John Ransom holds back any unnecessary fancy writing and gets to the point. Unfortunately for the 20th century reader, it was published in the 19th century, when censorship in print was at an all time high, so we don't get to read about every vulgarity that he saw while in that deathcamp, and he admits to the reader that some of what he is seeing is undescribable. Even so, I highly recommend it. I even cried at the end (I'm a girl).
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14 of 17 people found the following review helpful By Mark Fordham on June 25, 2000
Format: Mass Market Paperback
QUICK REVIEW: An adequate record of the horrors of the Andersonville POW camp during the Civil War. This is not as descriptive as it could be but it still captures the story of a POW's live as a prisoner in an interesting way.
FULL REVIEW: This account of one soldier's life as a prisoner is good as a story of the events that occur during his imprisonment. However it is not a great account of life at Andersonville specifically. He is only in Andersonville for six months and spends the other half of the book telling us about the other situations he was involved in. He tells us first about life as a prisoner in Richmond, then later about his escape attempts, life in the hospital, etc. He admits, in the diary, that he is not good at writing discriptively, so there are some important details that are left out which other books on Andersonville would describe. But the events he records do reflect the conditions that existed there. It is an interesting story of a prisoner in the South during the Civil War, and is worth reading.
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11 of 13 people found the following review helpful By Todd E. Newman on March 26, 2002
Format: Mass Market Paperback
Ransom's Andersonville is such a interesting first-hand account of the daily miseries of being a Union prisoner. Ransom mentions his stay in Richmond before being transferred to Andersonville, Georgia. He also describes his daily affairs, hardships, horrors and escapes with much detail. Due to the horrid conditions of the camp, details are captured by Ransom and are sometimes quite graphic. Ransom thought that someday his diary would reach others and certainly didn't want others not to know what hardships actually carried on daily. His vivid descriptions of camp life and his own personal battle of deteriorating health encompasses the reader in this book. His daring escape after being released from Andersonville while being shipped to another southern prison is another gripping tale that awaits the reader in this very interesting story. It's a great book about humanity and suffering. One wonders how people can inflict such burden upon prisoners, though by 1864 the supply withered Confederacy only created further havoc for those contained. This book is a graphic tale of Andersonville and an important asset to explaining Civil War History. 5 STARS!!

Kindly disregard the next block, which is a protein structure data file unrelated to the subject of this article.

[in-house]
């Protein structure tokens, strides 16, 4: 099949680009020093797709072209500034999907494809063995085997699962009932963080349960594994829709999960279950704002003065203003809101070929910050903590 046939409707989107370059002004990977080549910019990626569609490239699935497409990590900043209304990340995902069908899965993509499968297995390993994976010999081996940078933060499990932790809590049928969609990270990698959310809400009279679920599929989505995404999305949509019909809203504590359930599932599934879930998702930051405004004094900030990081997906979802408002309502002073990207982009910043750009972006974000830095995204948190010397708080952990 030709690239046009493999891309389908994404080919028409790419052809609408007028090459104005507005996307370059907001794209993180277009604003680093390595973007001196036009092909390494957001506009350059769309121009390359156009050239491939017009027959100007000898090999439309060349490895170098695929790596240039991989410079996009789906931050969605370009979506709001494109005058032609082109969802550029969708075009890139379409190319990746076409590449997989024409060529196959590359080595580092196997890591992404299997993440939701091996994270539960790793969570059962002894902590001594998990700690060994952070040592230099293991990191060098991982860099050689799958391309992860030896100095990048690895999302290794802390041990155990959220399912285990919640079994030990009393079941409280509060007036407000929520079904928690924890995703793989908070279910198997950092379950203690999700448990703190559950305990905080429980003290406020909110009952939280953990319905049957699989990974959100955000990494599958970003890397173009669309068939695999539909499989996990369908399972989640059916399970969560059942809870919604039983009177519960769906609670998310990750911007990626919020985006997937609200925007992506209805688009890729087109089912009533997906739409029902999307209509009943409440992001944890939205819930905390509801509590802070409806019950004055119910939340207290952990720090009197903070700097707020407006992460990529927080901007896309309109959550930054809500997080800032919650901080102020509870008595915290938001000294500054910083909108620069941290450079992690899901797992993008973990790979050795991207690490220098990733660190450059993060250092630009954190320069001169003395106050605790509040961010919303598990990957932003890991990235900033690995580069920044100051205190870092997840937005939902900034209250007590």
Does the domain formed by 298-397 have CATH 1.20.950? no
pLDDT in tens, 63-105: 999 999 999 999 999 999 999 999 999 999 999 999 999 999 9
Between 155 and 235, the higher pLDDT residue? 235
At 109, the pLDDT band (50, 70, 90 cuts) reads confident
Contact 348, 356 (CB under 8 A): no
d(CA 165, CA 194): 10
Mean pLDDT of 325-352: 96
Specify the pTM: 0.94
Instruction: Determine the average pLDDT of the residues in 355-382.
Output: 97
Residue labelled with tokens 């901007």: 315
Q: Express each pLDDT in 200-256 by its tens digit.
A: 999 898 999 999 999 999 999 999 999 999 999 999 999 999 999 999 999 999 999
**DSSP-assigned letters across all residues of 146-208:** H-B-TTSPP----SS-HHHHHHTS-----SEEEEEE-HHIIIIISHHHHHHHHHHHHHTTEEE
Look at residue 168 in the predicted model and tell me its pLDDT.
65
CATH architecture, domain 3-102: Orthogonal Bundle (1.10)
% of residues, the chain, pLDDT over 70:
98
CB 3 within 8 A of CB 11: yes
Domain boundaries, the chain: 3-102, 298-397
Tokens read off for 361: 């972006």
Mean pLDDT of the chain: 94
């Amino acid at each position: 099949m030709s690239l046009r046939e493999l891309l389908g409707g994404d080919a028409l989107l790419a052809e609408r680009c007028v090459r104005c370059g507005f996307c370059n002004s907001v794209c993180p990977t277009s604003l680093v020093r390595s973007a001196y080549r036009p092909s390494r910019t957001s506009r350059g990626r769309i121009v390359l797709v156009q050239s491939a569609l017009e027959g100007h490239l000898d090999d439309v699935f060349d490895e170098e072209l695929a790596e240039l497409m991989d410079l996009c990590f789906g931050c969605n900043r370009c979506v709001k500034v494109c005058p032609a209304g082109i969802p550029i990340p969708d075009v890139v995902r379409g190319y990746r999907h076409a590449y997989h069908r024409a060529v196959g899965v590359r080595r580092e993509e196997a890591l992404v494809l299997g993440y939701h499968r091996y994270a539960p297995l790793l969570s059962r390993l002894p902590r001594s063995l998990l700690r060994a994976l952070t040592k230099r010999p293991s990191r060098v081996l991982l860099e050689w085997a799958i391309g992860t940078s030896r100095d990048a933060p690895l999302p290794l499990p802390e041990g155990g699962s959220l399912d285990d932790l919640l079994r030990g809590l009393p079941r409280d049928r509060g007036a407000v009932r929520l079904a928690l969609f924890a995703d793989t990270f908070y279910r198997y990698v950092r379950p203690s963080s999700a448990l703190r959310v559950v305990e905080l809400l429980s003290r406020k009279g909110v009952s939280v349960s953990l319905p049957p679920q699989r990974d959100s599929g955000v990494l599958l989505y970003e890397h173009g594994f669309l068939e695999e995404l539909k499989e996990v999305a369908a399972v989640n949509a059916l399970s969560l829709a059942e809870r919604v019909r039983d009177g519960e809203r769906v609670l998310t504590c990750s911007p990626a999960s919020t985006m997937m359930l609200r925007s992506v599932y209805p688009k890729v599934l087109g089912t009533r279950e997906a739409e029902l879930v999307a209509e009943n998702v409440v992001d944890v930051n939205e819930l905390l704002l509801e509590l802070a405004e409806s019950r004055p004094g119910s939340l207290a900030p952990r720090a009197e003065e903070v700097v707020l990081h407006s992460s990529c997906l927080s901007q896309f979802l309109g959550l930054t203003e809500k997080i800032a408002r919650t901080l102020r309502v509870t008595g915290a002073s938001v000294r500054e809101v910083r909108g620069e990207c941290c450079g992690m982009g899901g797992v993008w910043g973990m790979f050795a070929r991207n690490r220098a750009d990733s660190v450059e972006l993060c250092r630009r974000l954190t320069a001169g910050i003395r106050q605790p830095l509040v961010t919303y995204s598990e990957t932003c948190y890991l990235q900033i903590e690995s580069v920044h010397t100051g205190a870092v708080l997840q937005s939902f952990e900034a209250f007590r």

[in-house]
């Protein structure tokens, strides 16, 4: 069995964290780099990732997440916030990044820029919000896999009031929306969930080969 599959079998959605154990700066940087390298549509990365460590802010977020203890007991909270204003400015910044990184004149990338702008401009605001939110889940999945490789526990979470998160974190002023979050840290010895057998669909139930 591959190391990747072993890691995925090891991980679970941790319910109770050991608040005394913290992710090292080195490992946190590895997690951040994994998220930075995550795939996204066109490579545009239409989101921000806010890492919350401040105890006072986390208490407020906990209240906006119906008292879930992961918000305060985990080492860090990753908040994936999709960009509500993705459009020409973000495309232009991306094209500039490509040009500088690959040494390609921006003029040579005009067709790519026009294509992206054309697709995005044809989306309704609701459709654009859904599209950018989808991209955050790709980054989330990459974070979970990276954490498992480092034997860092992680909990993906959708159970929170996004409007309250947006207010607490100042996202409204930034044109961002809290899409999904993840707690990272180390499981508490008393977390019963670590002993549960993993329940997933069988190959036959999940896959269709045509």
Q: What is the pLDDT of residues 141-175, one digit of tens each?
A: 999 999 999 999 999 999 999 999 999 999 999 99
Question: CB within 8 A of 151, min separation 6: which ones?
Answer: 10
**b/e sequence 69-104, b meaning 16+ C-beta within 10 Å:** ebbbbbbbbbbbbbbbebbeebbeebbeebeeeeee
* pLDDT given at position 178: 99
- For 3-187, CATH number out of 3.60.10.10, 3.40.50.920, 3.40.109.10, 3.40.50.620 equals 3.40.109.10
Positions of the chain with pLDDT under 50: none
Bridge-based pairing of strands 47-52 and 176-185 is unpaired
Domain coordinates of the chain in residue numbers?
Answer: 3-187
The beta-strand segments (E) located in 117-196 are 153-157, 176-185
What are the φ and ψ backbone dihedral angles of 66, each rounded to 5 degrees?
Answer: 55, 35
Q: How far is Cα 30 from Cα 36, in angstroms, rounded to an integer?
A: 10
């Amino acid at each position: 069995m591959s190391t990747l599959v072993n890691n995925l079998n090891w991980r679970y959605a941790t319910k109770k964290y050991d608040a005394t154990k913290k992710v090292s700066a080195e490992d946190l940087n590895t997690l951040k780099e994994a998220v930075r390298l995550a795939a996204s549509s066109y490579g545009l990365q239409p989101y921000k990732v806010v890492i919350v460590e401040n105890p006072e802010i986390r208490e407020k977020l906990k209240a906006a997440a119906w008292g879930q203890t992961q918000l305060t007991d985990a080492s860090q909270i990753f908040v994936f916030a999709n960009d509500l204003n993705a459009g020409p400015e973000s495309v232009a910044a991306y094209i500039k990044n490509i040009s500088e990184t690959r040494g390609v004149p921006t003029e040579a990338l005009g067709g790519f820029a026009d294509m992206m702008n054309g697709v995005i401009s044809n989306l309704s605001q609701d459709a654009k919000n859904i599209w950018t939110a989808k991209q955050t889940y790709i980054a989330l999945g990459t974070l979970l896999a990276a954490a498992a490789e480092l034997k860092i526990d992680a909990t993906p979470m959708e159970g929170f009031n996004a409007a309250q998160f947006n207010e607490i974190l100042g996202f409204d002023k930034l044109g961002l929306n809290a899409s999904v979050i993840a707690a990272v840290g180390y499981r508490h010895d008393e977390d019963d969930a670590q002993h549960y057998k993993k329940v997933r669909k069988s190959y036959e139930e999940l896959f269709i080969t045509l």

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4 of 4 people found the following review helpful By M. Heiss on May 27, 2008
Format: Mass Market Paperback Verified Purchase
I appreciate this book more, also having read the novel ANDERSONVILLE, which is loosely based on this diary.

John Ransom was a michigan artilleryman captured and imprisoned, first on Belle Isle, and then in Andersonville. The language is accessible and the diary never descends into squalor, fear, or depression. Ransom and his comrades made a pact to stay as healthy and positive as possible during their imprisonment, and that comes through in the diary, written in three journals and hidden throughout his captivity. Ransom does not dwell on the horrifying details of the prisons, but focuses on the good and bad in the characters around him. His horror comes through, especially when he lists the dead of his acquaintance, or even just quantifies the daily death rate -- 15 per day... 20 per day ... 40 per day ... over 100 per day.

If you want the shocking gory details, read the novel Andersonville by MacKinlay Kantor -- it isn't *near* the book that this diary is. But you will get physical descriptions of the prison that will turn your stomach. You will get physical descriptions of the diseases afflicting the prisoners -- much more detail than you probably want. But the novel Andersonville suffers from being way too depressing and maudlin, which never happens in John Ransom's diary.

This diary is by far the better of the two books.